We built Blacksmith utilising cloud-based technology available at the time so we only needed the core creative team in the office, but had global reach to flex our muscles when needed. The idea of scaling up and down was the mission, and with each project we took on, we learnt what worked well and what didn’t. We launched quite humbly, starting small and focusing on only a few projects at a time.
It’s a constantly evolving process, updating and improving our pipeline so we can stay the size we are and not grow in terms of space, but be able to maintain the bigger project needs. This way of thinking and implementing the use of such technology, unknowingly at the time, put us in a great position throughout the pandemic as we were used to doing a certain amount of remote work.
Nothing will ever replace being in the office together though. I have a hunch that most creative people are probably not enjoying sitting in a room alone all day on Zoom.
LBB> It's been a steady stream of big, high profile work since launching - but what lessons have you learned since running your own company that perhaps you didn't expect you'd need to learn?
Charlotte> None of us had ever run a business. We’ve all managed some of the most challenging projects before, but actually running a business was a new thing.
Learning where that tipping point is, or that sweet spot - between the right amount of work and too much that it starts to feel unmanaged, which ultimately affects the creativity of the piece. Managing people and the emotions that come with that, not just on a project but as a leader has been one of the biggest learning curves. We are a size where we feel like a family so when one of us isn’t happy, you feel it.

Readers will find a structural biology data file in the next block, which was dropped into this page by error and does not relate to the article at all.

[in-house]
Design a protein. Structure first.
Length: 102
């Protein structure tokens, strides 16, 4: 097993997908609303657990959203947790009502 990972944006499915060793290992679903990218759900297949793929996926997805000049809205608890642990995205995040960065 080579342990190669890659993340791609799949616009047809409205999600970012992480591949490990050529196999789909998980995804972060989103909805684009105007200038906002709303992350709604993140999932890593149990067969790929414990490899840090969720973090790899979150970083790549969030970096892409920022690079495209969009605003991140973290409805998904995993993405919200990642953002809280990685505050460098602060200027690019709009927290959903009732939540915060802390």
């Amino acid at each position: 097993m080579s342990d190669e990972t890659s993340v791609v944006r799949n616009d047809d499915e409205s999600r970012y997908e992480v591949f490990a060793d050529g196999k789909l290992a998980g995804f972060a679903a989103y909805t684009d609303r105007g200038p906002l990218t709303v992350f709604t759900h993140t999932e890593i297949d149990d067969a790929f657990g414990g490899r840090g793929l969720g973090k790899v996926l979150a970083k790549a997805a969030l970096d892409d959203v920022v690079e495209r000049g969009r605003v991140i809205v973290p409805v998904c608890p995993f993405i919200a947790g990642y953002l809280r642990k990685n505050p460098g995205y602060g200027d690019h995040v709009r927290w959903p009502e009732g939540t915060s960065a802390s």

We are all pretty humbled and grateful for the success of Blacksmith. Now we are learning how to maintain that, but in a way that allows us to have a bit more time. We all have creative personal ambitions too, ideas we would like to make beyond commercials, so it’s important to keep room for those ideas to marinate and develop.
LBB> Which pieces of work from the Blacksmith back catalogue are you most proud of and why?
Charlotte> Microsoft Halo will always be something special to us. It was our first project before anybody really knew we existed. We had just started the company and were building out some space, so the pre-viz started in Iwan’s apartment.
I love Under Armour’s ‘Rule Yourself’ with Michael Phelps. It’s a great spot but it was also one of the most enjoyable processes I’ve seen from script to final film. The director, Martin de Thurah, really took the heart of the script and made it quite different to the original agency board. The agency creatives Toby [Treyer-Evans] and Laurie [Howell] were also such a pleasure to work with. It was the best kind of project - fun work with good people and great results.
was another one I love, also a Martin job. It was beautifully shot and we were able to do some beautiful VFX. We recently finished a spot called ‘Moon’ for Allstate with Ringan Ledwidge and Droga. A big VFX piece done during the constraints of Covid which is beautiful. We are all very proud of that one.
LBB> Outside of work, what are you into? What keeps you going and what has kept you busy during the last year?
Charlotte> Well I have a six and a three-year-old so I was kept VERY busy trying to navigate home-schooling, childcare and running a business. I have a house in upstate New York, in a town called Livingston Manor, which helped me get through - along with my 5pm gin and tonics (sometimes 4pm).
But as hard as it was, I still got to sit down and eat meals with my kids more than ever before, and I saw them grow up and adapt in a way that might not have been the case in previous years. At work, my team saw each other’s struggles and lives up close and personal and they all rose to the occasion and started to work together in a more empathetic way - so coming out of this I think a lot of things will be stronger and I’m not sure we would have gotten there without this time.
I also am hanging on to all the drinking and chatting and DJing from my childhood and have dreams of opening up a British pub right in the middle of my small upstate town - to bring a little bit of Kent to the Catskills.